Jump to content
scaredhubby

ACEs..do you love your spouse?

Recommended Posts

scaredhubby

Coming to terms with it all, I'm doubting that my wife loves me. that's natural. So just curious..how many of you ACE folks genuinely love your sexual spouse or couldn't care less if they left?

 

Share this post


Link to post
Share on other sites
Naali

I'm not in a relationship, but I am in love with someone and want to be with them.

Share this post


Link to post
Share on other sites
ryn2

I’m still sorting out where I fall on the spectrum but I genuinely love my partner and will be heartbroken when he leaves.  I’m not sure why someone would put up with all the challenges a relationship brings if he/she/they couldn’t care less if the partner left...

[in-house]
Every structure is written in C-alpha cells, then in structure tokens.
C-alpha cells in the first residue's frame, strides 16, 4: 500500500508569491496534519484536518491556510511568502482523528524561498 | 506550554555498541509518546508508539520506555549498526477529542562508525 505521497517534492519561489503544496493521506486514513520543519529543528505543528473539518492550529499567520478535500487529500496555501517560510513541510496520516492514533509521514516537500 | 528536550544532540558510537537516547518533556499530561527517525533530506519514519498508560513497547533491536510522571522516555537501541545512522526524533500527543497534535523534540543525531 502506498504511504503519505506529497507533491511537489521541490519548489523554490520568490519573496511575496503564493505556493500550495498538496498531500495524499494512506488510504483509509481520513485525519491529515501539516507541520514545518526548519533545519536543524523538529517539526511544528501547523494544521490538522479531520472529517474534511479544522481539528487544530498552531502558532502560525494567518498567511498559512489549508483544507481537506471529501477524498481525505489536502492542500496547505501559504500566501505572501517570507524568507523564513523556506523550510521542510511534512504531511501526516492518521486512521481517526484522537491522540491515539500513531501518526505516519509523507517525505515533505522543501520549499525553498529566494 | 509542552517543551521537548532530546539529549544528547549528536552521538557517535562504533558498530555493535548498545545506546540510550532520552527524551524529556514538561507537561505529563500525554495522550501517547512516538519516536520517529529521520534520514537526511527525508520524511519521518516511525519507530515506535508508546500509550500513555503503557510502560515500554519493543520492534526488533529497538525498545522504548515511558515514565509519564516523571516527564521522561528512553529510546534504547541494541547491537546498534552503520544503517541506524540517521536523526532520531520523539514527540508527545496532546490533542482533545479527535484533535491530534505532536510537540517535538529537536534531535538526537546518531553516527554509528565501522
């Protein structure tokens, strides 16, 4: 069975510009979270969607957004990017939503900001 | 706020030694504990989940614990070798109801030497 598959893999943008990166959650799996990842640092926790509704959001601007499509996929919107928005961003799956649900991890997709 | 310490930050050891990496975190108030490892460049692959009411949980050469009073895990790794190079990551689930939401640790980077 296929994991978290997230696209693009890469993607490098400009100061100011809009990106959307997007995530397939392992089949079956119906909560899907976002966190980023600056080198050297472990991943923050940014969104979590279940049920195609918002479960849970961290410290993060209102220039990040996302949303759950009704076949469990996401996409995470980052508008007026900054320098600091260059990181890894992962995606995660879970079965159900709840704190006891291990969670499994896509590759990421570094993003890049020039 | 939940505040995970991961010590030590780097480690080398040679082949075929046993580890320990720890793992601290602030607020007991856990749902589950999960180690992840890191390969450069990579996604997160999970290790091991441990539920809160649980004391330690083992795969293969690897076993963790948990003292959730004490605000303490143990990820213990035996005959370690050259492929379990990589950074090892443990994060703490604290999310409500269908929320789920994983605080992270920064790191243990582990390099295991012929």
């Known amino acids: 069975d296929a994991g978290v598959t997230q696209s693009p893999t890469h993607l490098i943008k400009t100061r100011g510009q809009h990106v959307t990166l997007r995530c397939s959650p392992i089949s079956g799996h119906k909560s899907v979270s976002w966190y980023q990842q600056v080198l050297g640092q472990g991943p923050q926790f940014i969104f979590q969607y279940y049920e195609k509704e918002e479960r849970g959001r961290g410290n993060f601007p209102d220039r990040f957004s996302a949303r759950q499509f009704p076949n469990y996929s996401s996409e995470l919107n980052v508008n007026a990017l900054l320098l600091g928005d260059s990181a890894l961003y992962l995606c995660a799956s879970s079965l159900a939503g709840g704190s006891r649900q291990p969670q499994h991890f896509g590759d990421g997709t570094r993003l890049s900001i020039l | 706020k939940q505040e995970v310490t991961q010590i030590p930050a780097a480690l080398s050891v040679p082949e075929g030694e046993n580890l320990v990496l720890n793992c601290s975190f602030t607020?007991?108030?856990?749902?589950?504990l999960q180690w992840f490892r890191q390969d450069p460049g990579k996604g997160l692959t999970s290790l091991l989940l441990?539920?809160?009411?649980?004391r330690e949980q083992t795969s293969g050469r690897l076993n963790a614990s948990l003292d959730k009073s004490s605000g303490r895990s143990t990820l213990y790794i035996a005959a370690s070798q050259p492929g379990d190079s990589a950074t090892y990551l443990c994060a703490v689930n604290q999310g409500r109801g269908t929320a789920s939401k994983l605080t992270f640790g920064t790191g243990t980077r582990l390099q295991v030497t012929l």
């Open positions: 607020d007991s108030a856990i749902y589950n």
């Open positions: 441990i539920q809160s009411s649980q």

Share this post


Link to post
Share on other sites
element83

I'm asexual, my partner is hypersexual, and I genuinely love him (even when he drives me crazy and I'm not sure I like him anymore, and even after all the sacrifices and compromises we've had to make to stay together).

 

[We're not married, but we've been living together for 2 years.]

  • Like 2

Share this post


Link to post
Share on other sites
Crazy-LoveOwl

I just got out of a relationship and I genuinely loved them (still do, it was recent), they were questioning if they were sexual though, leaning more-so to asexuality, but even when I thought they were sexual, I still loved them

Share this post


Link to post
Share on other sites
CBC